Since the financial crisis, both FX and money markets have undergone significant changes, driven primarily by increased self-regulation and the introduction of broad-ranging regulatory changes on both sides of the Atlantic. Peter Zöllner, the Head of the BIS Banking Department, has been keeping a close eye on these changes, and took the opportunity during the March 29, 2014 ACI Financial Markets World Congress 2014 in Berlin to update his audience on some of the major recent trends in the FX and money markets.
Starting with FX markets, the chief trend Zöllner sees is an all-time high in FX turnover. According to Zöllner, the BIS’s 2013 Triennial Central Bank Survey of Foreign Exchange and Derivatives Market Activity reveals that “FX turnover reached an all-time high of $5.3 trillion per day in April 2013, up by 35% relative to 2010. This was faster than the 20% rise from 2007 to 2010, but fell short of the strong increase in the pre-crisis period from 2004 to 2007.”
We estimate that the $5.3 trillion per day reported in the survey month of April 2013 was a peak, indeed perhaps the most active period of FX trading ever recorded, so it is important to bear this in mind when considering the findings of the Triennial. Activity subsequently fell by $300 billion to $5 trillion per day in October. The decrease was primarily driven by a drop in spot transactions involving mainly euros and yen against the US dollar. The decline in euro trading extends a trend that began in the third quarter of 2011, while the fall in yen trading reflects a partial reversal of a sharp rise that occurred in late 2012 and early 2013. Anecdotal evidence points to an increase in FX turnover towards the end of 2013.
Mr. Zöllner attributes this massive increase in FX turnover to market, structural, and technological changes in the FX space:
- One reason behind this increase in turnover was the intensive trading of yen pairs following the Bank of Japan's monetary policy regime shift in early April 2013, which triggered a phase of exceptionally high turnover across asset classes. In the months that followed, particularly during the summer, the rise in yen trading partly reversed. Even without this yen effect, however, FX turnover would probably still have grown by about 25%.
- Another reason for the higher turnover is the growth of investment in international assets. With yields in advanced economies at record lows, investors increasingly diversified into riskier assets such as international equities and local currency emerging market bonds. Over the past three years, equities have provided investors with attractive returns, emerging market bond spreads have simultaneously dropped, and issuance in riskier bond market segments (eg local currency emerging market bonds) has soared. Not only did these three factors give rise to the need to trade FX in large quantities and to rebalance portfolios more frequently, but it also went hand in hand with greater demand for hedging currency exposures. This triggered currency trading as a by-product of investments.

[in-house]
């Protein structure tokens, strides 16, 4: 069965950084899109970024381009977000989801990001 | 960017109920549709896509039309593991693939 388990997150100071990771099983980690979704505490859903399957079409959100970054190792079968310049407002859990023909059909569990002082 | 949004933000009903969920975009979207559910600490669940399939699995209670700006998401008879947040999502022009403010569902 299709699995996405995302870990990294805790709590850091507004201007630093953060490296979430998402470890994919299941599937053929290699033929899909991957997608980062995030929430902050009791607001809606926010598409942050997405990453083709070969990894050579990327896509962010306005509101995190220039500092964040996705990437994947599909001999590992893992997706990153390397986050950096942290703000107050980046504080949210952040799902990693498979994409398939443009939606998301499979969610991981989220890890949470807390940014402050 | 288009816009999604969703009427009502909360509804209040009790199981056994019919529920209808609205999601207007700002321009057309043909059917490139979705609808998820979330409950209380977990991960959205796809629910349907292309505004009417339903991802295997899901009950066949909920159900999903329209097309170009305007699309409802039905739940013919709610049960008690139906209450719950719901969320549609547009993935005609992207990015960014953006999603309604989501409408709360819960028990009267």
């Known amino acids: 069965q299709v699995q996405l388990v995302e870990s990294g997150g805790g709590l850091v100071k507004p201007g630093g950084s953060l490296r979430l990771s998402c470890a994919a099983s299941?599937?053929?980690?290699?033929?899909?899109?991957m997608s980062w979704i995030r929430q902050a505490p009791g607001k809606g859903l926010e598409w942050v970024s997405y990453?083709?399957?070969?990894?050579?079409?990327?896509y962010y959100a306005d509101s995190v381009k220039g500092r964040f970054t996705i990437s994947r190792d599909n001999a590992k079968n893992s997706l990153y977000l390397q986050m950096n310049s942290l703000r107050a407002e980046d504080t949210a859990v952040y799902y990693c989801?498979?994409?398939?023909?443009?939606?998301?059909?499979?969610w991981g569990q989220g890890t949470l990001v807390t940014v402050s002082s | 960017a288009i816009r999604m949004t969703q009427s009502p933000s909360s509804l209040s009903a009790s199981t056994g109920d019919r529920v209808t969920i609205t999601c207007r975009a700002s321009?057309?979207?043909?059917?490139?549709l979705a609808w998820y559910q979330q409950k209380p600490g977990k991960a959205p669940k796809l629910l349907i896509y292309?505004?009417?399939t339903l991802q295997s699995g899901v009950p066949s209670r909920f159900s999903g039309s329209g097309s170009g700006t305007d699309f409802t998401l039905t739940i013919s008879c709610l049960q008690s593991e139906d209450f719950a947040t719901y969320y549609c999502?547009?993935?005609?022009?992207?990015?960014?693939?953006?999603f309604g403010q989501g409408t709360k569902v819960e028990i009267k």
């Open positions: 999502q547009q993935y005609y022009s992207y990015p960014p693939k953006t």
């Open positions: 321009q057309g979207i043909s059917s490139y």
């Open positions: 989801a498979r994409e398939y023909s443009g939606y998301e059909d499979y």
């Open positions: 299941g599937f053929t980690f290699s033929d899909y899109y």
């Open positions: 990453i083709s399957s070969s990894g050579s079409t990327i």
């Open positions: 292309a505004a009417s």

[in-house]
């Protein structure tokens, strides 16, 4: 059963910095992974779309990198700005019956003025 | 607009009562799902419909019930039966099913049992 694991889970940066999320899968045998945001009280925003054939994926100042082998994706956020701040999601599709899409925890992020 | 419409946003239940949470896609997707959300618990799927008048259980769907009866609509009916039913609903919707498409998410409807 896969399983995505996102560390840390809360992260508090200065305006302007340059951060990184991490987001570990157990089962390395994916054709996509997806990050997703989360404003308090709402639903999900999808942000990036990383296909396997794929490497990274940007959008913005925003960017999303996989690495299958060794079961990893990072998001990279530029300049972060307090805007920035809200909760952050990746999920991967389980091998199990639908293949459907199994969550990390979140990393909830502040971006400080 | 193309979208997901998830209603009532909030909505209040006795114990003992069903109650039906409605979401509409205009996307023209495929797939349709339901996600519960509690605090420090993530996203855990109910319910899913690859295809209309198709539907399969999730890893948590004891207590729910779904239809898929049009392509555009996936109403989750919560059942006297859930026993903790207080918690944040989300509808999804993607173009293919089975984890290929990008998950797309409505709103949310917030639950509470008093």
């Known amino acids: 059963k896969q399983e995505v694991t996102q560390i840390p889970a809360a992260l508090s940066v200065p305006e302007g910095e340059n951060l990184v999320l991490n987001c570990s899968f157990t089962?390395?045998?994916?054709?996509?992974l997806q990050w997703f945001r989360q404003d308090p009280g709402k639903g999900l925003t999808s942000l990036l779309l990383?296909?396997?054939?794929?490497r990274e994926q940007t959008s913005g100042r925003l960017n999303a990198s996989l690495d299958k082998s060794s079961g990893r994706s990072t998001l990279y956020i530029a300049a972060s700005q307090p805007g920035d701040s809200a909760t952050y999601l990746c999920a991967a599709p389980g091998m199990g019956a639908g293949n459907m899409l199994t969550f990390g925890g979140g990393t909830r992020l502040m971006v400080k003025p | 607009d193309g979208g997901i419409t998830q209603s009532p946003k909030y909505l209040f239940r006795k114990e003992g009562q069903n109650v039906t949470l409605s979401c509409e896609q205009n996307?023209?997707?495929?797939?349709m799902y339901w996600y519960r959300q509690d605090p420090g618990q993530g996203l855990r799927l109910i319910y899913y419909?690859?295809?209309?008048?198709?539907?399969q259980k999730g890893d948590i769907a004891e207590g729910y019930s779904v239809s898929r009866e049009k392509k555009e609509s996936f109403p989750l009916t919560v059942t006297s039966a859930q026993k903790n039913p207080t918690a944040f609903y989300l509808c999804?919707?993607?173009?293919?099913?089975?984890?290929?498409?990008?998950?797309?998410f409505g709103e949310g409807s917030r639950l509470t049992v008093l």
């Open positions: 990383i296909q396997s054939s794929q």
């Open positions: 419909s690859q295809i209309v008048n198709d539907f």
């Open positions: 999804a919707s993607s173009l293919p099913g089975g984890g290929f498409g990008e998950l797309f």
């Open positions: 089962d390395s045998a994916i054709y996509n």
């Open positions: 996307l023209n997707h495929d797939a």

- A third reason is greater participation by non-dealer financial institutions. FX markets have traditionally been dominated by inter-dealer trading. However, transactions with non-dealer financial counterparties grew by 48% to $2.8 trillion per day in 2013, up from $1.9 trillion in 2010, and accounted for roughly two thirds of the rise in total turnover during the period. I will explore the reasons for this shift in FX trading from dealers to non-dealer financials in greater detail in the next section.
- Related to 3 above, a number of technological advances (which I will also discuss at more length in what follows) have also contributed to the growth in FX volumes in recent years. These include the emergence of liquidity aggregators and algorithmic trading techniques.
In the money market space, Mr. Zöllner notes two noticeable trends over the past quarter: an increase in secured funding, and some changes in the composition of the repo market with the share of directly negotiated repos increasing at the expense of electronically traded repos. Zöllner also notes that repo trading through CCPs has increased and there have been some changes in collateral composition.
Some major trends Zöllner notes affecting both the FX and money markets are the rise of centralized clearing in both areas along with its attendant increase in transparency. He also notes an evolution in collateral management for both areas as a result of increasing use of new technologies for reducing funding costs and counterparty risk.
In addition, Zöllner sees general concerns in both the FX and money market industries in the wake of manipulation of market reference rates by commercial banks. He notes that regulators have increasingly been
focused on reference rate reform, with an aim of restoring credibility and eliminating the risk of manipulation. As their work progresses, Mr. Zöllner expects even more wide-ranging investigations into alleged collusion and rate manipulation around the time that FX rate benchmarks are set.